The Global Dollar System Screams for Better Monetary Management
It’s a weird sort of thing when you change perspectives. From the one side, Jay Powell’s biggest enemy right now is, of all things, T-bills. You wouldn’t normally think of the most boring of instruments in that way. Maybe such an idea would never otherwise occur. These are the safest of securities, highly liquid and prized to the point that they are conceived as money alternatives. Just the sort of thing any central banker would count on.
This week and last, bill yields have plummeted. Plummeted. On May 22, the equivalent interest for the 52-week was 2.37%. As of this writing, it is 2.03%. The shortest tenor, the 4-week bill, it had a rate of 2.44% on May 7 and 2.40% as recently as May 16. Right now, it’s less than 2.28%.
Twelve almost thirteen basis points may not sound like plummeting, but in the world of money equivalents and short run T-bills this is an enormous move (for comparisons sake, the Panic of 2008 was kicked off on August 9, 2007, by a 12 bps change in 3-month LIBOR). And it signals big trouble.
Taking it, then, from the T-bill’s perspective what this drastic shift really means is that our biggest enemy today is Jay Powell. Government debt doesn’t have its own viewpoint, of course, which says what we are really talking about are the big banks and financial institutions who are the primary owners, lenders, holders, and seekers of these sorts of things. The money dealers.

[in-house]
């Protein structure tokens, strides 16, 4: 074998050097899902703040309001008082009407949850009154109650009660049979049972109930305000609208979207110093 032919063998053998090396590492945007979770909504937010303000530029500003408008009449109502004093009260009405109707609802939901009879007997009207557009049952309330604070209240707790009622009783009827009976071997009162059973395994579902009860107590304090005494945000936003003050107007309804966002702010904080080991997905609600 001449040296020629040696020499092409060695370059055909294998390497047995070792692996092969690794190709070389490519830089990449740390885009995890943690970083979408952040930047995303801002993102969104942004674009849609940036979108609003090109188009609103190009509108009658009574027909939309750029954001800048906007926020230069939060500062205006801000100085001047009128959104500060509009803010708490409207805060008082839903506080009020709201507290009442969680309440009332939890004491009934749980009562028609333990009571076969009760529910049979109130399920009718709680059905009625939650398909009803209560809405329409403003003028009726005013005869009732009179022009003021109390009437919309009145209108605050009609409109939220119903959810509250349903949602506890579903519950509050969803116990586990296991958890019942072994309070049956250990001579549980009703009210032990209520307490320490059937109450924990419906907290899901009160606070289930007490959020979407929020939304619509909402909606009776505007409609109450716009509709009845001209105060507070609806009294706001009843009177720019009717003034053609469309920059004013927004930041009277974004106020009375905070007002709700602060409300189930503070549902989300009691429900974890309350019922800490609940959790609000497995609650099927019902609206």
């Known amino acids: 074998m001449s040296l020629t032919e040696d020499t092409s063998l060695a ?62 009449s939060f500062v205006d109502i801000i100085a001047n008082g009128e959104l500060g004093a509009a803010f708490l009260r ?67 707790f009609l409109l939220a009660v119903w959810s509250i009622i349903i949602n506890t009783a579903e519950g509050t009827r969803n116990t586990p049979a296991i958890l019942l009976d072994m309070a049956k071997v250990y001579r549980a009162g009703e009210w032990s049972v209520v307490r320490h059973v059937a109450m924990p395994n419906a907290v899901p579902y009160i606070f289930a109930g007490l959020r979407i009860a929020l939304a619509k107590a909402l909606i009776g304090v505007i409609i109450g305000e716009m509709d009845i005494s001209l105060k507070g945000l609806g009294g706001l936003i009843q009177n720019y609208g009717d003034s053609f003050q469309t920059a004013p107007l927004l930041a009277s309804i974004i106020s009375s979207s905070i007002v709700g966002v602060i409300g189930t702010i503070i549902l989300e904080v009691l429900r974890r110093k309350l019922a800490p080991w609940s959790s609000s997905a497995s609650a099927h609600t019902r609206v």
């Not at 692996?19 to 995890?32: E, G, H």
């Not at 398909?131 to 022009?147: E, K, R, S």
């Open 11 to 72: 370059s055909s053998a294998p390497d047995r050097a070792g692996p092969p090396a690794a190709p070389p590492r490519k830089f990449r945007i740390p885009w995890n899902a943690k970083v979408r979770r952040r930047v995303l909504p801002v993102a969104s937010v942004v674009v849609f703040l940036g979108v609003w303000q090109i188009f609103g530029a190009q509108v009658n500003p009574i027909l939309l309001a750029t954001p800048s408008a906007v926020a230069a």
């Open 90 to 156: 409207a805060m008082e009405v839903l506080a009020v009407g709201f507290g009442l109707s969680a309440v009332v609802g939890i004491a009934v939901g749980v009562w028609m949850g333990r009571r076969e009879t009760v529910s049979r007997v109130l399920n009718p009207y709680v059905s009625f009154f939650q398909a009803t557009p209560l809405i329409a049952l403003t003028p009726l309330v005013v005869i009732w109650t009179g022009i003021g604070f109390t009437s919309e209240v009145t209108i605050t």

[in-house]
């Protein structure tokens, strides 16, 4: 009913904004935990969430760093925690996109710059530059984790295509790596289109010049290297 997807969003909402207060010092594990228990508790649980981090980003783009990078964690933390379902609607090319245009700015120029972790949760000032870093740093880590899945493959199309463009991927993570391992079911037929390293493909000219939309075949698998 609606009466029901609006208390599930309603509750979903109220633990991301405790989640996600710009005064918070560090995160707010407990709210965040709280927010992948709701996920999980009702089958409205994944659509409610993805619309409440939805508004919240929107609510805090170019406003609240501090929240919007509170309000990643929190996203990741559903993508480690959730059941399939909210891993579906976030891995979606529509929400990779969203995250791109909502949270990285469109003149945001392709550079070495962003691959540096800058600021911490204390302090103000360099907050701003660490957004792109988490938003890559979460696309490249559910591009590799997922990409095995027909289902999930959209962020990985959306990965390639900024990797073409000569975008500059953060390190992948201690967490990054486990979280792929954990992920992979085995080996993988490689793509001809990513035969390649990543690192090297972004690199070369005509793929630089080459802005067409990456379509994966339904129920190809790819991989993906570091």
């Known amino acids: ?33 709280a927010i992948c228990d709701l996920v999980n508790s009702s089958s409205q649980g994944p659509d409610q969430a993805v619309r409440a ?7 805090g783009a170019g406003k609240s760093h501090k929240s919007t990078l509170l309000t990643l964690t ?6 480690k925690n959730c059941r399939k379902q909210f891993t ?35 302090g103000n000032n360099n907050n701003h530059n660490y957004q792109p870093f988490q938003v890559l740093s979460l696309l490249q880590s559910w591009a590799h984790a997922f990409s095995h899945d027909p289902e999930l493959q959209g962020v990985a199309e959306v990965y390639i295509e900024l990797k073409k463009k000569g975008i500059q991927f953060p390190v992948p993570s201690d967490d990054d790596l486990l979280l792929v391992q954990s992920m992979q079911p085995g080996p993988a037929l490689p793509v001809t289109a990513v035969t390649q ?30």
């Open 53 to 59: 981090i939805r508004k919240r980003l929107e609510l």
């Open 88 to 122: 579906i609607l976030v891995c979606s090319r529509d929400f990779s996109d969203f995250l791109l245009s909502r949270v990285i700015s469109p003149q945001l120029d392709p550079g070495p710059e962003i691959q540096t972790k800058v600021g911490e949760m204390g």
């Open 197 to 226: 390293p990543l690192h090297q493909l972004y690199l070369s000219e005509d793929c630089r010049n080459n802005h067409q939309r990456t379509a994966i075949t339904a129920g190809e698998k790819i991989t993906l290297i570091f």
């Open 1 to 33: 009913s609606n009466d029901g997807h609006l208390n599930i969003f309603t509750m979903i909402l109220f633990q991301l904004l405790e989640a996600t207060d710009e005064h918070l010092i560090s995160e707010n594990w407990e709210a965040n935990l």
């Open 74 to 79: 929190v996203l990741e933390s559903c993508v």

Rate cuts are imminent, folks.
You can choose to view them however you wish. Having resisted any such notion for an entire year, ever since the eurodollar futures curve first inverted in early June 2018, Federal Reserve officials just this week almost uniformly, curiously uniformly hinted that, yes, rate cuts are on the table if not already a foregone conclusion. Calling the bond market mispriced last year, it would seem as though the bond market, including eurodollar futures, had it exactly right.
James Bullard, President of the Fed’s St. Louis branch, says there is nothing to worry about since a reduction in the federal funds range should “provide some insurance in case of a sharper-than-expected slowdown.” At a monetary policy conference in Chicago, Chairman Powell was less forthright but repeated much the same message. Mr. Powell reassured the world “we will act as appropriate to sustain the expansion.”
Over the past several months, several policymakers and other Economists have begun thinking about 1998 and a possible parallel to their own growing predicament. Faced with an Asian flu, which was really the first systemic eurodollar issue, Alan Greenspan’s Fed skillfully shepherded the US economy through the rough patch by reducing the federal funds target (it was just a target back then) three times in three months during that one year.
That’s the narrative, anyway.
Interestingly enough, however, Jay Powell’s remarks in Chicago came during a speech which ostensibly was about some very big potential problems with monetary policy in the current day. They used to call it the zero lower bound (ZLB) which, apparently, has been renamed the effective lower bound (ELB). It’s never a good sign when you feel a very important concept needs to be rebranded.